Back in March 2019, I was working with Colin Miller at Wait Wait… Don’t Tell Me! on a request to pull data regarding the various Wait Wait shows that have aired; especially, getting data on shows that excluded Best Of or Repeat shows. The purpose of the request would later be revealed to be trying to determine when the 1000th* original show would land on the schedule. In July, the date and the location for the taping of the 1000th* show would start to solidify. The show would be taped in Salt Lake City, Utah and on Thursday, October 24th.
Why Salt Lake City? The very first time that Wait Wait was taped in front of a live audience was at Jewett Center at Westminster College in Salt Lake City back in January 2000. So, it would be apropos that Wait Wait would also tape their 1000th* show in Salt Lake City; but, this time, they would tape two shows at the Delta Performance Hall at Eccles Theatre in Downtown Salt Lake. I had the privilege to attend both tapings and attend an after show party at Impact Hub.
As with almost every taping that I am able to attend, Peter Sagal would shine some of the spotlight on me at the end of the audience Q&A segment after introducing everybody who works behind the scenes of each show. There were a lot of people at the party that asked me about the Stats Page and the history behind it. Let’s just say that I was a bit exhausted by the end of the night and needed a little bit of recovery time.
All that said, I absolutely enjoyed both shows and getting to meet and talk with the panelists, Peter and everyone who worked to make the shows happen each and every week.
Something that I had been working on since learning about the details of the taping of the 1000th* show has been a number of reports that I had put together in celebration of the milestone. One of those were done posted as a tweet thread on Twitter detailing the panelists with the longest win streaks in show history. Another report that I created in Python was the number of appearances each panelist has made on the show broken out by year.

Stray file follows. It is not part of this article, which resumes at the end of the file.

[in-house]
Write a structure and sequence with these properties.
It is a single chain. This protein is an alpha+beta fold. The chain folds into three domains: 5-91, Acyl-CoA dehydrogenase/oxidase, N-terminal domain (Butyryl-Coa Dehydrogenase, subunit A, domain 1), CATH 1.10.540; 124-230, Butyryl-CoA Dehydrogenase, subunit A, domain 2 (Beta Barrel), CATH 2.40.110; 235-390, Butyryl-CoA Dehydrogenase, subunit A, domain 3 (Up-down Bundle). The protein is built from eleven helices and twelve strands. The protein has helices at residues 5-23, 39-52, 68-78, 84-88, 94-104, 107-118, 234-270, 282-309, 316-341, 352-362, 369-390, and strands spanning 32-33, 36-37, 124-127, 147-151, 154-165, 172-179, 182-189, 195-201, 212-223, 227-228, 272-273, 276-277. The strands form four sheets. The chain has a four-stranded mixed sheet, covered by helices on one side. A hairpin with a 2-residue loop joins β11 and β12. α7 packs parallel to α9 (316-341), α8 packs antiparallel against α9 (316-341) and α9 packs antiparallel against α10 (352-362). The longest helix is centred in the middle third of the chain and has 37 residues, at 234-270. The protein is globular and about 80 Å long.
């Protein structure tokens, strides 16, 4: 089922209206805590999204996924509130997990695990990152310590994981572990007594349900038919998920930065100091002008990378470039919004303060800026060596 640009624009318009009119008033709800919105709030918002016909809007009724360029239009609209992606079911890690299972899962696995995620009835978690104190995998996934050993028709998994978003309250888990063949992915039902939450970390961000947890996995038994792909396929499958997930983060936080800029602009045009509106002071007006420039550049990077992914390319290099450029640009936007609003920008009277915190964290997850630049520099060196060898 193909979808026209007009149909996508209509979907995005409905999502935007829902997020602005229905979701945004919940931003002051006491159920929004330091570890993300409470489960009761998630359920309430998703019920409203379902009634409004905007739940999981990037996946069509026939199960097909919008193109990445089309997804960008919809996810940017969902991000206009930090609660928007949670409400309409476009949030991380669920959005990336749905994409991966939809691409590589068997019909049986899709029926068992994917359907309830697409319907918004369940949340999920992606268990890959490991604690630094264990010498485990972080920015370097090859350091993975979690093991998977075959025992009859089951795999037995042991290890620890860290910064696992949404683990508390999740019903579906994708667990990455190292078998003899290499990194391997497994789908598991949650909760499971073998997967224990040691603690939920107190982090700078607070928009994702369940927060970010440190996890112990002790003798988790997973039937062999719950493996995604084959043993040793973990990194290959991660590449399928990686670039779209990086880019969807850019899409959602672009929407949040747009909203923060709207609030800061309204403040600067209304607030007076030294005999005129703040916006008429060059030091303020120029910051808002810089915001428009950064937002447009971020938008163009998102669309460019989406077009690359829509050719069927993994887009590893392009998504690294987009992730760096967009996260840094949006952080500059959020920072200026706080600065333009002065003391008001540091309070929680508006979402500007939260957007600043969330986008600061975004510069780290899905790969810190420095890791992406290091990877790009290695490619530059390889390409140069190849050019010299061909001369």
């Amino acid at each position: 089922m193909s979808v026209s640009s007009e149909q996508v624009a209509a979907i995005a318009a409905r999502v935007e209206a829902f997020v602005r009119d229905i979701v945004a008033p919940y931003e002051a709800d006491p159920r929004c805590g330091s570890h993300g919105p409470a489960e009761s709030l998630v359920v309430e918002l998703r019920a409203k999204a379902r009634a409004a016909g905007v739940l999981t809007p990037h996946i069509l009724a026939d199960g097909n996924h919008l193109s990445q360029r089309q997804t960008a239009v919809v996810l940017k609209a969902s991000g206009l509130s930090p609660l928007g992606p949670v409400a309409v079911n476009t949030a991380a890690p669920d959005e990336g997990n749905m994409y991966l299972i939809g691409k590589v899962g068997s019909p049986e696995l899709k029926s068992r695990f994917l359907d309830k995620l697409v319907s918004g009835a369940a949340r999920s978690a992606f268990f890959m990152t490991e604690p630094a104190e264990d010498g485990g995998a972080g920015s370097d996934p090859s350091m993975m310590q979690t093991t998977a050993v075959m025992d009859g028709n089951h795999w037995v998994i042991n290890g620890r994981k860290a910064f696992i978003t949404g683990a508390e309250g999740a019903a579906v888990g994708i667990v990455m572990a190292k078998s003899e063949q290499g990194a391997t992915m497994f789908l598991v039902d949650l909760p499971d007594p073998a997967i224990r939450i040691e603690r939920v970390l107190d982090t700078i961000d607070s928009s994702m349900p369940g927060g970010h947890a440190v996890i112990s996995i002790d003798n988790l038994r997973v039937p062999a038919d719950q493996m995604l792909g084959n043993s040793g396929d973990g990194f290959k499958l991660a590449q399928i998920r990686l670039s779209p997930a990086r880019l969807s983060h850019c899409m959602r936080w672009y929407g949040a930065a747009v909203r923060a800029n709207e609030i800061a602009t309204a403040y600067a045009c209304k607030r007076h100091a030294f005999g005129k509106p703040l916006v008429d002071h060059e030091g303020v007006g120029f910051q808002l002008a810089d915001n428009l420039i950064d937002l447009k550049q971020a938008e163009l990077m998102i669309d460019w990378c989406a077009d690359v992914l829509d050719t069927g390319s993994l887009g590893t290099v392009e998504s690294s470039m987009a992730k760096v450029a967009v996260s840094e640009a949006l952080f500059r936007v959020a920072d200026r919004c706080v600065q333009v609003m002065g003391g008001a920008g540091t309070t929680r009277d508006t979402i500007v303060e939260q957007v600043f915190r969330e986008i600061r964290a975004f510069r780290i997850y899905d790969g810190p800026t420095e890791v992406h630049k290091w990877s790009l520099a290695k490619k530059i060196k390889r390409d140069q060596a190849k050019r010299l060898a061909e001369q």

That lead me to start building up a new site that would host these kinds of reports and allow me to quickly add new ones as the need arises; or, even by request. So, I created a new project using Python, Flask and Jinja, tools that I have been using to build the Wait Wait Stats API, data queries for reports that I have been creating. This would also give me another chance to get more familiar with Flask and Jinja as I get closer to building out a brand new version of the Stats Page.
In under two weeks, I was able to stand up the new project, port over existing reports, adding a few new ones and publishing it. The new report site is available at reports.wwdt.me; and, unlike the two existing reports, the site renders all of the reports live. The two older reports would be generated on a schedule as they needed to be served through the same site as the current Stats Page. On the other hand, the new report site runs on a new server using NGINX to serve the Flask app through uWSGI and static files directly. This is a near-identical set up that I used for the Stats API and will be using for the new Stats Page.
As with the Stats API and its underlying libwwdtm data access library, the code for the new report site is published under the Apache License 2.0 and the source code is available on Github.
*: You’ve been wondering why I have added an asterisk to each instance of “1000th” that I mentioned in this post. While the original calculations that were made did in fact show that the show that would be taped on October 24th and aired the weekend of October 26th should be the 1000th show; but, there seems to have been one additional Best Of show that was snuck into the schedule that wasn’t accounted for or was a late decision. You will notice that the show ends up being listed as #999 on the “Original Shows” report.